HPE InfoSight Brings Autonomous DC (i.e. Skynet) Closer

The upcoming termination of Meg Whitman’s reign is not the only Big Bang due out of Hewlett Packard Enterprise early next year: in January the drastically slimmed-down enterprise IT powerhouse will roll out a -enabled artificial intelligence recommendation engine (InfoSight AIRE) that will take closer to the , according to company officials. “Infosight is for the datacenter,” HPE’s Gavin Cohen, VP, Product and Solutions Marketing, Storage, told IT Trends & Analysis. “That’s something Nimble started building on from the start.”

HPE announced the completion of its $1.2 billion acquisition of Nimble Storage in April, and while that significantly beefed up its and cloud storage assets, the company said it would be leveraging InfoSight across both its storage and server portfolios. Calling InfoSight the “crown jewels” of the Nimble acquisition, the AI power of the platform provides HPE and its partners with a big competitive advantage against any and all competitors, said Meg’s CEO successor-to-be (as of  February 1) HPE President Antonio Neri. “Nobody has this,” he said in a recent interview.

The capabilities are sure to power dramatic reductions in storage total cost of ownership (TCO) for businesses of all sizes, he said. “It delivers the best performance with the best uptime and lowest TCO optimized for the specific workloads that run on the platform. The customer gets the best experience at the lowest cost.”

Beyond storage are servers and ultimately the datacenter, and bringing AI and predictive analytics to the datacenter is not only necessary for protecting existing revenue streams, but essential to the autonomous datacenter. While we hopefully won’t get a Skynet, ’s rise (and fall) of the machines, AI in the datacenter is coming quickly. By 2019, 40% of digital transformation initiatives will use AI services; by 2021, 75% of commercial enterprise apps will use AI; and the majority of adopters have seen quantified returns meeting or exceeding expectations.

“AI is a positive force for change,” stated Mark Purdy, Managing Director-Economic Research, Accenture Research. “It has the potential to markedly increase growth rates and substantially raise economic output across industries, while helping organizations to more easily rotate to the new way of doing business.” A recent survey found that AI could boost average profitability rates by 38% and lead to an economic increase of $14 trillion by 2035.

But all that remains in the future; today, we have AI-powered storage, or at least Nimble, and shortly, 3PAR, and the benefits are equally compelling. The AI and predictive analytics capabilities of InfoSight reduce the time spent troubleshooting issues by up to 85% and help to deliver greater than 99.9999% of guaranteed availability, said HPE. According to a recent whitepaper from Enterprise Strategy Group, HPE InfoSight lowers IT operational expenses 79%.

If InfoSight AIRE can achieve the numbers currently generated by Nimble, then 3PAR customers are in for a pleasant surprise when it is released next month. Nimble claims 4,000 individual data points are retrieved every 5 minutes from each system, including the hardware and file system, and the granularity is per second, with 30-70 million pieces of data collected daily from an array. Automated resolution is 86%, with 54% of issues being attributed to problems outside of the array itself, i.e. configuration and integration problems with storage networking, hosts, and applications.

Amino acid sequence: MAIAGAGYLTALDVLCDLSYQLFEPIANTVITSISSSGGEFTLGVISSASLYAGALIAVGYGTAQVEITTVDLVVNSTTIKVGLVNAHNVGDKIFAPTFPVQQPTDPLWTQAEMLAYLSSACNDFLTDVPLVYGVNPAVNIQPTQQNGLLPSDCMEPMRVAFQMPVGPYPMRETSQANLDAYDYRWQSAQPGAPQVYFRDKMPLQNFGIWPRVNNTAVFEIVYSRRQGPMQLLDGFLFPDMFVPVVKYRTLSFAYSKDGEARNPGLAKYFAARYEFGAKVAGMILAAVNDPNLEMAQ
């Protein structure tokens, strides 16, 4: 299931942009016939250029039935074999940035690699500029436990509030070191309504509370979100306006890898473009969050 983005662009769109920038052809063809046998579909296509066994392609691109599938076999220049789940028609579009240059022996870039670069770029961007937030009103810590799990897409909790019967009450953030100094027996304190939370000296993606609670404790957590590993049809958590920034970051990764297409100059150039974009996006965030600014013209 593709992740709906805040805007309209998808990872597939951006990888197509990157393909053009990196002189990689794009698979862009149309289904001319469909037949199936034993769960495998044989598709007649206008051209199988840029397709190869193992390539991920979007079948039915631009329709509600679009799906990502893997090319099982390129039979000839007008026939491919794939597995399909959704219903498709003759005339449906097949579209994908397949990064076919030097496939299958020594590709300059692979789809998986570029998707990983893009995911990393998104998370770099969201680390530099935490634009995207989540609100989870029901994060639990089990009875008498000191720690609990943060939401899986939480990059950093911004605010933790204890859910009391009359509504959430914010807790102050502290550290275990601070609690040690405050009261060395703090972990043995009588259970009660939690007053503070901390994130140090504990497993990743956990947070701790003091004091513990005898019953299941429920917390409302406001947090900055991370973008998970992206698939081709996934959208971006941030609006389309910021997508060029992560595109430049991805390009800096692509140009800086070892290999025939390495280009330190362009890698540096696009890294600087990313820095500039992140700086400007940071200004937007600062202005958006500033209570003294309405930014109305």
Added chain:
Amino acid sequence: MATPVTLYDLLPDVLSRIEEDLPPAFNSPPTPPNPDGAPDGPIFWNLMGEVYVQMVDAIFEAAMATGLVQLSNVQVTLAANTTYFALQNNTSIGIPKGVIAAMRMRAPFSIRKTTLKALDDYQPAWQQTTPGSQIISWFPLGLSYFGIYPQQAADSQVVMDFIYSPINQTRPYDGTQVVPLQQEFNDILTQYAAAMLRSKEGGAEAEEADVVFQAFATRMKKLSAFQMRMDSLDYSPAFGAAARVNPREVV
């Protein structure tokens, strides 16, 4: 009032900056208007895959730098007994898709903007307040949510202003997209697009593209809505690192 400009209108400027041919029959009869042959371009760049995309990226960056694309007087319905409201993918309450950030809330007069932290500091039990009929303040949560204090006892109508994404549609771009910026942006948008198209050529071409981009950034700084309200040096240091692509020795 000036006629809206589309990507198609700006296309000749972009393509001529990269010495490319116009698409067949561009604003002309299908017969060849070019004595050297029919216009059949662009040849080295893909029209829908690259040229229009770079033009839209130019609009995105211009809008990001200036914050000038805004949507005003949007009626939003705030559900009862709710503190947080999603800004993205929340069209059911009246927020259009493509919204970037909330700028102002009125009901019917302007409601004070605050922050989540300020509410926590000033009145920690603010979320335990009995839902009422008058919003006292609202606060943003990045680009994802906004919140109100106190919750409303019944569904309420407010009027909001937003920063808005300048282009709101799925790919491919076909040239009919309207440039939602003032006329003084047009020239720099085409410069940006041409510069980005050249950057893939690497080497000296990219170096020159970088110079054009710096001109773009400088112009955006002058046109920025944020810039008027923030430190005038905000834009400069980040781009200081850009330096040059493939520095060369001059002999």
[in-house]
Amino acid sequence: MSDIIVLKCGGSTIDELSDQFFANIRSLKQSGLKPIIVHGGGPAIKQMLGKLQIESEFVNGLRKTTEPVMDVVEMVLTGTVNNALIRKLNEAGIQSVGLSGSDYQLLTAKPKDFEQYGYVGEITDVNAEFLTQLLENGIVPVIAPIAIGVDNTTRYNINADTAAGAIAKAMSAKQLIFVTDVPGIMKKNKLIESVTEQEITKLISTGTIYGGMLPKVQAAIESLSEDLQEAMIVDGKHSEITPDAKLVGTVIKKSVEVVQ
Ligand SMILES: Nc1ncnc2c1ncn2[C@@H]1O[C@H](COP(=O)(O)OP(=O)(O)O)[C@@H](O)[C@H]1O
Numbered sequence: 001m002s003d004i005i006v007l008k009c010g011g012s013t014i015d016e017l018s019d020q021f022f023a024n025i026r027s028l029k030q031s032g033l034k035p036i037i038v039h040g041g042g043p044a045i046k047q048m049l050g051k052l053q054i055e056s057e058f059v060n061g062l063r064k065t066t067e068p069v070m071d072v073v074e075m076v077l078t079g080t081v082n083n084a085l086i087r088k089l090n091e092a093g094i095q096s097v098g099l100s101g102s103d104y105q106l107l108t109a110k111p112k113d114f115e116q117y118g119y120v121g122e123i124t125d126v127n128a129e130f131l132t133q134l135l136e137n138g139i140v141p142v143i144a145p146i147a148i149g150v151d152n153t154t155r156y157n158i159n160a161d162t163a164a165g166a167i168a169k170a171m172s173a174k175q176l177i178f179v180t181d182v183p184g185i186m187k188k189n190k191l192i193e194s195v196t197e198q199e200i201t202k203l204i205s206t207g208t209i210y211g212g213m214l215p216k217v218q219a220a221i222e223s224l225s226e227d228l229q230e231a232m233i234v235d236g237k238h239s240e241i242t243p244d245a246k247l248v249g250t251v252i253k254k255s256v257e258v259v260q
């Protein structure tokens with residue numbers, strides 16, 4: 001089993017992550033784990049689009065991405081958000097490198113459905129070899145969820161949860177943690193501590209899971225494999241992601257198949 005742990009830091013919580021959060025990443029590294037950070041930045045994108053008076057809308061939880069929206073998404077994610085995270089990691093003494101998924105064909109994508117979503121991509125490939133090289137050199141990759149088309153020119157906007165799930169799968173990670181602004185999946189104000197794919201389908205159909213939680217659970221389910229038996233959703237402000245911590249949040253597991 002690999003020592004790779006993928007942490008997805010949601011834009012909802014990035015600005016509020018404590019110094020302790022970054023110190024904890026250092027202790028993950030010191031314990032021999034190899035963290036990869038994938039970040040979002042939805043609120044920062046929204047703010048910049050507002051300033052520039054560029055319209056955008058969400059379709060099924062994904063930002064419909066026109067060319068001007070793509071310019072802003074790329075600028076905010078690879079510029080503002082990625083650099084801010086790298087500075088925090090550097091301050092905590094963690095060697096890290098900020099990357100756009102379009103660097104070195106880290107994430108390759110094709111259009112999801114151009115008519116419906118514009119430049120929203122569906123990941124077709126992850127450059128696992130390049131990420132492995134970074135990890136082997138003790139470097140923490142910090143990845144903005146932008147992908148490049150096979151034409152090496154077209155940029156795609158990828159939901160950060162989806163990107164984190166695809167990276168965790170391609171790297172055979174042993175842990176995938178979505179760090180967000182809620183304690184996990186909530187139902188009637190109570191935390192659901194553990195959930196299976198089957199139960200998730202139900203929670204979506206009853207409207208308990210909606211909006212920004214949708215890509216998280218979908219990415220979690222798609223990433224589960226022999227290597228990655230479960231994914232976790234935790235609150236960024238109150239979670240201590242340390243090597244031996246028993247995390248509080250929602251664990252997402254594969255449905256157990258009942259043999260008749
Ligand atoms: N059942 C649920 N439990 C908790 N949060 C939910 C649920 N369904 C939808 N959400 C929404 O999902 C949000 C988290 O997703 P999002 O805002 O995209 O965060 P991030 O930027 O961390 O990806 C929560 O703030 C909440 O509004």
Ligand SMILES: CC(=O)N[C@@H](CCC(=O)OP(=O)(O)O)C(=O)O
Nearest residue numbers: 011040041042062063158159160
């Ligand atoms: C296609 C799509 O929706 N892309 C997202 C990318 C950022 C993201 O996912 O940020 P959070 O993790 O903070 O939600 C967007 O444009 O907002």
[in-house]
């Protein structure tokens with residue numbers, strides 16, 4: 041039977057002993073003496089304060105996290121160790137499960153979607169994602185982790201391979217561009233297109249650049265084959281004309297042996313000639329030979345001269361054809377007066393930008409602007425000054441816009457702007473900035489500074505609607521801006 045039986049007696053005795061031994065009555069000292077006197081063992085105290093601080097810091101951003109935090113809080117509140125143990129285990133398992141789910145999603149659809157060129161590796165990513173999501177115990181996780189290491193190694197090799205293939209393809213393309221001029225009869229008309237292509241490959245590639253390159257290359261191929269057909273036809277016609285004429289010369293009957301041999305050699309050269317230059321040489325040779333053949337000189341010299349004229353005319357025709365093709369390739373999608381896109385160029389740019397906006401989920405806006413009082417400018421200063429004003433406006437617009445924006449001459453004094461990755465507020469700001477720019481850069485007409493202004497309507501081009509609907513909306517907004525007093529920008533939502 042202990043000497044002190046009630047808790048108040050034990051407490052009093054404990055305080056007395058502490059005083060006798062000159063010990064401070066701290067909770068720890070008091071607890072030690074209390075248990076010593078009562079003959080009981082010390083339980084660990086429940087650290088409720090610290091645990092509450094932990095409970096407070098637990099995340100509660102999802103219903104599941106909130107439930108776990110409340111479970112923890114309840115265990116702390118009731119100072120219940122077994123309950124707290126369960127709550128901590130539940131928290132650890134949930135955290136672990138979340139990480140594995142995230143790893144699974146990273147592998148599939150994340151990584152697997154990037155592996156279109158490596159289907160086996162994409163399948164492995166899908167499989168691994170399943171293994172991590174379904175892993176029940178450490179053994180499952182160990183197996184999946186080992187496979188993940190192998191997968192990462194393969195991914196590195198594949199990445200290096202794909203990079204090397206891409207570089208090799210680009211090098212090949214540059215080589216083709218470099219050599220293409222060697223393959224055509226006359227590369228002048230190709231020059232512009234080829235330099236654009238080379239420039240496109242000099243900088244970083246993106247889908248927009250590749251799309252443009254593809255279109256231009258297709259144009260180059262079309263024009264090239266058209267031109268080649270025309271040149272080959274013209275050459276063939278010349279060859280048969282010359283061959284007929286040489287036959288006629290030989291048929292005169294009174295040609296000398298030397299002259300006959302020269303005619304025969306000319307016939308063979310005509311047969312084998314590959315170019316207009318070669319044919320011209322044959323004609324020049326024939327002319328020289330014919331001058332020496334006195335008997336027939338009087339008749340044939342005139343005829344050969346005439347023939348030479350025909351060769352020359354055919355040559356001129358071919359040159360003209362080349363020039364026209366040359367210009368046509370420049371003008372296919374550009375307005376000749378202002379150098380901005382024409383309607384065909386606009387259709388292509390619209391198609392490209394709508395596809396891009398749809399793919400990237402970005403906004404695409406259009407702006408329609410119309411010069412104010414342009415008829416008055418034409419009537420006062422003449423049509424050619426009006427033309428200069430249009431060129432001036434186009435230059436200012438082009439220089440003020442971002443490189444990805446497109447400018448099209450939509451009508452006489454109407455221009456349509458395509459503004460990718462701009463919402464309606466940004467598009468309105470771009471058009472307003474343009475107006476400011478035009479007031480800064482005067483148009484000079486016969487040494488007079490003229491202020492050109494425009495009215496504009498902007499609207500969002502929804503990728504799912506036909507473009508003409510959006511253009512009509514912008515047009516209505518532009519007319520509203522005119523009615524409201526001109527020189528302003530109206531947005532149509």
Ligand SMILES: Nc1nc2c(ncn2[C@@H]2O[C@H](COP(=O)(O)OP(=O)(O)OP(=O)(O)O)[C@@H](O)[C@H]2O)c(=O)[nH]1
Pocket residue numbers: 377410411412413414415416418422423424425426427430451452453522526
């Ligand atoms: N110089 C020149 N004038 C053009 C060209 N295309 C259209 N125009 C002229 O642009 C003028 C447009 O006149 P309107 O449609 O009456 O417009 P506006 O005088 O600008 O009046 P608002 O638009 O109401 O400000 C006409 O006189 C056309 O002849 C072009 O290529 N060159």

The latest numbers from IDC put HPE atop the enterprise storage heap, accounting for 20.2% of spending, followed by Dell (18.8%), NetApp (6%), (43%) and (4%). While the market was up 14% in the third quarter, to $11.8 billion, flash remains a small, but surging storage segment: the All Flash Array (AFA) market generated almost $1.6 billion in revenue, up 38.1% year over year, and the Hybrid Flash Array (HFA) segment generated $2.3 billion, or 19.1% of the total market.

So HPE is continuing the AI journey begun by Nimble, bringing it first to 3PAR, and ultimately the rest of its portfolio. And after that, it would make obvious sense to expand other to other vendors’ platforms, said the company.

“HPE is in the ideal position to bring this across a very large piece of infrastructure that HPE owns,” said Cohen. In a September interview Whitman talked about the significance of InfoSight in the Nimble acquisition: “We are going to roll InfoSight out to 3Par, and to our server business next. The future is around how do you do A.I. for the data center. We envision a world where everything is done by A.I., and not people sitting in NOCs [network operations centers] saying what to do.”

In a move intended to accelerate the integration across HPE’s ‘full Hybrid IT product portfolio’, it was announced on Wednesday that Bill Philbin, the current storage general manager who led the successful integration earlier this year of Nimble and Infosight software, is taking the CTO for Hybrid IT position. “Looking forward, Bill will lead our long-term technology vision for Hybrid IT,” said Hybrid IT Group Senior Vice President and General Manager Alain Andreoli in an internal memo announcing the management rotation. “This includes advancing the convergence of compute, storage, networking, and integrating Infosight across the entire Hybrid IT portfolio.”

We won’t see a Skynet or pervasive (or invasive — Siri, Google, Watson or HAL) AI Judgement Day for some time, but HPE is betting that the phenomenon will continue to gain momentum. With the growing amount of data, cyberthreats and IT costs spiralling out of control, AI and its associates offer the strong possibility that (Terminator) Salvation is possible, if not probable.

DISCLAIMER: A number of companies mentioned in this article are represented in my investment portfolio.

Author: Steve Wexler

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